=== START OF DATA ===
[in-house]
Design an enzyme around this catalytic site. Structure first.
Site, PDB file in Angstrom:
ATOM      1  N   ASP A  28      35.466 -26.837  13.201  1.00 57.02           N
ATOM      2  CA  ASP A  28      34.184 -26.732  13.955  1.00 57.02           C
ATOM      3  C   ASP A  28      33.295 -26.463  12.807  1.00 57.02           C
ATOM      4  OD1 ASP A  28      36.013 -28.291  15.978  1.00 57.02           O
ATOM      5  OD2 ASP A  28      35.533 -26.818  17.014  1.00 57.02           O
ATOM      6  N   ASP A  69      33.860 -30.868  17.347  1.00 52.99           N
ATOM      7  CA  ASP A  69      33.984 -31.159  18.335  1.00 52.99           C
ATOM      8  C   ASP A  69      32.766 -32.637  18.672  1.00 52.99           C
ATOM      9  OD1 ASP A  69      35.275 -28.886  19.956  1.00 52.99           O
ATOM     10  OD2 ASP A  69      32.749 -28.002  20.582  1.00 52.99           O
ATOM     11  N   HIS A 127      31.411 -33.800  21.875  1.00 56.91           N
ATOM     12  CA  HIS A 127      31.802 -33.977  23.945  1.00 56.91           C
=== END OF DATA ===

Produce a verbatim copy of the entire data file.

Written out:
[in-house]
Design an enzyme around this catalytic site. Structure first.
Site, PDB file in Angstrom:
ATOM      1  N   ASP A  28      35.466 -26.837  13.201  1.00 57.02           N
ATOM      2  CA  ASP A  28      34.184 -26.732  13.955  1.00 57.02           C
ATOM      3  C   ASP A  28      33.295 -26.463  12.807  1.00 57.02           C
ATOM      4  OD1 ASP A  28      36.013 -28.291  15.978  1.00 57.02           O
ATOM      5  OD2 ASP A  28      35.533 -26.818  17.014  1.00 57.02           O
ATOM      6  N   ASP A  69      33.860 -30.868  17.347  1.00 52.99           N
ATOM      7  CA  ASP A  69      33.984 -31.159  18.335  1.00 52.99           C
ATOM      8  C   ASP A  69      32.766 -32.637  18.672  1.00 52.99           C
ATOM      9  OD1 ASP A  69      35.275 -28.886  19.956  1.00 52.99           O
ATOM     10  OD2 ASP A  69      32.749 -28.002  20.582  1.00 52.99           O
ATOM     11  N   HIS A 127      31.411 -33.800  21.875  1.00 56.91           N
ATOM     12  CA  HIS A 127      31.802 -33.977  23.945  1.00 56.91           C